Setback and disappointments frequently lead to a better outcome than you expected- or imagined
Oh, come on- people just say that to make themselves feel better after a setback or disappointment. You don’t really mean that.
Yes I do.
And, as time goes on, I’m even more convinced that it’s true.
People don’t like considering this idea, because it also means that many great things in life happen after disappointment. This concept also implies that better outcomes are out of your control.
Don’t believe me? Let me try to convince you.
- My 30+ year marriage is to someone I started dating when neither of us had the least amount of interest in dating. That was February of 1985…
- My career (writing, video work) was completely unplanned and nothing I imagined even 10 years ago, when I worked as a CPA
- It’s not just me: my circle of friends have had similar experiences. I could provide dozens of examples
Courage and faith
Understanding that a setback can lead to a surprisingly better outcome requires two personal traits: courage and faith. Here’s what I mean:
- Courage: Lawrence of Arabia was my mother’s favorite movie, and it’s based on the true story of E. Lawrence, a young British officer who helped the Arabs fight the Turkish forces in World War 1. Throughout the movie (which is over 4 hours long), Lawrence faces one challenge after another, but always moves ahead. Courage- in spite of the fear.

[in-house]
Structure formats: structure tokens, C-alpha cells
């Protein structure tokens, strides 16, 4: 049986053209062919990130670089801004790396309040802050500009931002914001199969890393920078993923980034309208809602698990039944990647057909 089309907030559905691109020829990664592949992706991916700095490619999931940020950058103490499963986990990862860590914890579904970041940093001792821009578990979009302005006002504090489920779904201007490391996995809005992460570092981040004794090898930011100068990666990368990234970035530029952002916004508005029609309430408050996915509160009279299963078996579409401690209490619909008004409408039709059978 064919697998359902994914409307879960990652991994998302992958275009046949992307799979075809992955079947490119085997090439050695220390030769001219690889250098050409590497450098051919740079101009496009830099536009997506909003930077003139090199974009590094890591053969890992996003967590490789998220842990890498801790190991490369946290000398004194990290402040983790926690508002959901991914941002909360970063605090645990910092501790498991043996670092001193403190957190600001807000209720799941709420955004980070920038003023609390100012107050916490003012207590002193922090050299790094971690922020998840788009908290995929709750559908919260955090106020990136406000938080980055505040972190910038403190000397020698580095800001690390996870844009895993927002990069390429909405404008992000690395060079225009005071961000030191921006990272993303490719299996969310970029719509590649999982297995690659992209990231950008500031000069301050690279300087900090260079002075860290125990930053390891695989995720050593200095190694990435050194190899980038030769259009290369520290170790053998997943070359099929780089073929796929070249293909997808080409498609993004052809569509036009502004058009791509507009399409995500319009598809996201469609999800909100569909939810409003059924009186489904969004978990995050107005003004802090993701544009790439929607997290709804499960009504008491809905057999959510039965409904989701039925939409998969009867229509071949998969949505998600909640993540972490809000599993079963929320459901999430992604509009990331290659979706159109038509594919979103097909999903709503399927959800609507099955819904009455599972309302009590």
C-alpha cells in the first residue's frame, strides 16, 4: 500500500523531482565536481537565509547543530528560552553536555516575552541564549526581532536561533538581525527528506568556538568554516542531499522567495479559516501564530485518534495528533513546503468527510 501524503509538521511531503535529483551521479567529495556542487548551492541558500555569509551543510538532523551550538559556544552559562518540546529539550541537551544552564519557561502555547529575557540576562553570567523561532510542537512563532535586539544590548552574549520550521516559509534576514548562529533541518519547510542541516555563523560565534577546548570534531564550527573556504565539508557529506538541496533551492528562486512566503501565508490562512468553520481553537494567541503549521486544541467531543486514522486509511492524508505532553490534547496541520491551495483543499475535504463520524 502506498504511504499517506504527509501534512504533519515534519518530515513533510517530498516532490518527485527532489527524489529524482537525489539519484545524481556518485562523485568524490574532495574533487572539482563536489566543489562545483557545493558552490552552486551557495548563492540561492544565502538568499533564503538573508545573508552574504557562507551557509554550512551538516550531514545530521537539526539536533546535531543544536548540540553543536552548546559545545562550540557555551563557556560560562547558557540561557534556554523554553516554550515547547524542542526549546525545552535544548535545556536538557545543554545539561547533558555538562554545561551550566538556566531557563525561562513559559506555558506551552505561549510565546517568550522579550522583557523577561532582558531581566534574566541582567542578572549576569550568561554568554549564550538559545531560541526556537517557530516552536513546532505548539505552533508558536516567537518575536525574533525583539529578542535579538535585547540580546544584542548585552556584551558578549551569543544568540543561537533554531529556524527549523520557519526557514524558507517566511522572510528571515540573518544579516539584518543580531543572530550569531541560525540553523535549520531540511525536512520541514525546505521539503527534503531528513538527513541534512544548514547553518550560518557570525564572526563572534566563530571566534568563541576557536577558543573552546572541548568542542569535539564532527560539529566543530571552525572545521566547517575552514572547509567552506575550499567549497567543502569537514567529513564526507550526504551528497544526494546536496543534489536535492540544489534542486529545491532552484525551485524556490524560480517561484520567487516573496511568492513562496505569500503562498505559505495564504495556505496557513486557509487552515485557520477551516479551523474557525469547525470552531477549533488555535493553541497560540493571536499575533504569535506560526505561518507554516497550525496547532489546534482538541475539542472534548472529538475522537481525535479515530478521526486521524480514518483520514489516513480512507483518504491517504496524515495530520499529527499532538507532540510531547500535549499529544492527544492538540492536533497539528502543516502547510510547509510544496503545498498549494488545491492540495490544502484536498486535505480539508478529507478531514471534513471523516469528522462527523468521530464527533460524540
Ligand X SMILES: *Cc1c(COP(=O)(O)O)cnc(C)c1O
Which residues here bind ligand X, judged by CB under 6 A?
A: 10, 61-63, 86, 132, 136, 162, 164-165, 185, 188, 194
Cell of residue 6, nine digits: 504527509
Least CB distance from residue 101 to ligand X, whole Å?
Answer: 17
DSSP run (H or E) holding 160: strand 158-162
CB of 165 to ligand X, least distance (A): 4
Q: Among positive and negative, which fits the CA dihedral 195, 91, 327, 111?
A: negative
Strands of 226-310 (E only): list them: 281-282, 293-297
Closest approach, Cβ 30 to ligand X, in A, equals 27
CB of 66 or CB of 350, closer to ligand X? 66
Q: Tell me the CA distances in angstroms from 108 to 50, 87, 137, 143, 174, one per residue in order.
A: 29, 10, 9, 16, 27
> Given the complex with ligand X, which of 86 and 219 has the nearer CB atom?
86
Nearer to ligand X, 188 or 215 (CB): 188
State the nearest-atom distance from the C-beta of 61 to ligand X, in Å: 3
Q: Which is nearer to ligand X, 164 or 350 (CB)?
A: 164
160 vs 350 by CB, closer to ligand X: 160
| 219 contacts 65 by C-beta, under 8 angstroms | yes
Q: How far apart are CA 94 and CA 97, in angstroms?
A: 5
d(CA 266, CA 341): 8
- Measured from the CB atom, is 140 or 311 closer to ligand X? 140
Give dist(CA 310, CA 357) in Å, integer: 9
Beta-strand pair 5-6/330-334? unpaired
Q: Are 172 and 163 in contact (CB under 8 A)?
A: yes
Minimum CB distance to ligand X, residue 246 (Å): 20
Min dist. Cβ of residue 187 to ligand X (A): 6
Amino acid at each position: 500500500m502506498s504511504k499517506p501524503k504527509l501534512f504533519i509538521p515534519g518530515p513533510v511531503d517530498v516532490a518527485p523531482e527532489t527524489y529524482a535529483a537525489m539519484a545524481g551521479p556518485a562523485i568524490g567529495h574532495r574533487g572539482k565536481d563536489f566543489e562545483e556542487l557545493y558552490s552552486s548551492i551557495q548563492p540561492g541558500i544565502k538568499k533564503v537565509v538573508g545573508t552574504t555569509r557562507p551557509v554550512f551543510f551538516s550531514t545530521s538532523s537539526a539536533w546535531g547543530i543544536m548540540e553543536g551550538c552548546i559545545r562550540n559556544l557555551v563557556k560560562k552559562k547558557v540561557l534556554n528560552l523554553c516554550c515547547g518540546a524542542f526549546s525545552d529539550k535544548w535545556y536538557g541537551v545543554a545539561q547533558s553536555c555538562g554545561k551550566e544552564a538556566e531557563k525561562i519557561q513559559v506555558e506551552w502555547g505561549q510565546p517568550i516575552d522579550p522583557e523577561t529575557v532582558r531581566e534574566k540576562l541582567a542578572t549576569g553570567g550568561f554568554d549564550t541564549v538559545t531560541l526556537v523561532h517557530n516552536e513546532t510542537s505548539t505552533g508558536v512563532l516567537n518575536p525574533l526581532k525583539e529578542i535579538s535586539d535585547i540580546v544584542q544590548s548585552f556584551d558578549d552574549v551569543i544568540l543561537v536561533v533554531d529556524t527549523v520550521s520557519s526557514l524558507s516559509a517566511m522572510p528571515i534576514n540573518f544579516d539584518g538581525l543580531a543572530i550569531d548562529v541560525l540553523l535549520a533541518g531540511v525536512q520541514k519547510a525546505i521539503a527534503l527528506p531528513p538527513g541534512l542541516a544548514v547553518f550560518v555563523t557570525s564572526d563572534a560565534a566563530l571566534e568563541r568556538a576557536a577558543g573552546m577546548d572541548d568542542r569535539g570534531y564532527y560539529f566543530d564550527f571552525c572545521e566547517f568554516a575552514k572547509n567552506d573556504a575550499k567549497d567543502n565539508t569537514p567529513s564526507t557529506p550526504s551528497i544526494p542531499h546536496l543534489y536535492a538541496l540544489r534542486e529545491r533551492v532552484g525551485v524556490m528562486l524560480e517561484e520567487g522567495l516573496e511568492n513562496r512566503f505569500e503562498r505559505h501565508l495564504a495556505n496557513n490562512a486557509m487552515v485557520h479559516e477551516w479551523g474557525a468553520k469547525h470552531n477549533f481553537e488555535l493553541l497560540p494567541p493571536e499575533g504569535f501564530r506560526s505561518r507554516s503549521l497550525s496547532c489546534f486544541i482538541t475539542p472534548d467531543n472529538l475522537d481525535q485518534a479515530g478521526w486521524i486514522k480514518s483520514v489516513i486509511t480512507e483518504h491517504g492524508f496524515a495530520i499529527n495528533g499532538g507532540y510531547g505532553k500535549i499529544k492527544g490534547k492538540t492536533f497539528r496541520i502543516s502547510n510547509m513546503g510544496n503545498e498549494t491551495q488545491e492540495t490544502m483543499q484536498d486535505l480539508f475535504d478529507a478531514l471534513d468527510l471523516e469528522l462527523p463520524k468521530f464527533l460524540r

- Faith: Admiral James Stockdale was held for eight years as a prisoner of war during the Vietnam conflict, where he was tortured more than 20 times by his captors. He had a world view that became known as the Stockdale Effect (or Parodox): Stockdale was completely realistic about his situation- that he may never get out alive. But, he also was completely convinced that he would eventually get home. He had faith in the unknown.
A belief that setback and disappointments frequently lead to a better outcome requires courage and faith. Courage, because this belief may not make sense to most other people in your life. “Oh- you’re just being overly optimistic”, they may say. It takes courage to be counter cultural. It also requires faith, since the disappointments will require you to hang in there and believe in a better future.
If you’ve had a financial setback, this article may help you.
Everyone’s in the same boat
We’re all in the same boat- none of us can predict when or how difficulties occur. All we can control is how we respond to them. To illustrate, take a look at these hugely successful people- and their first jobs:
- Michael Dell, Dell Computer: Sold newspaper subscriptions (Net worth $23 billion)
- Michael Bloomberg, Bloomberg: Parking attendant (Net worth $47 billion)
- Jeff Bezos, Amazon: McDonalds employee (Net worth $90 billion)
These three billionaires had the same first jobs that everyone has- nothing glamorous. And like everyone else, they had their share of setbacks and disappointments- but succeeded anyway.
For myself- and many friends- it took a real baseball bat to the face before this life lesson took hold. It’s like the scene with Hal Holbrook and Charlie Sheen (Bud Fox) in the movie Wall Street. It may take a big, traumatic event in life to think deeply about this concept.
It works for me- best of luck!
Author: Cost Accounting for Dummies, Accounting All-In-One for Dummies, The CPA Exam for Dummies and 1,001 Accounting Questions for Dummies
(website and blog) http://www.accountingaccidentally.com/
(you tube channel) kenboydstl
This post was originally posted on my Quora page.
Image: Girl boxer in ring, David Rosen, (CC By 2.0)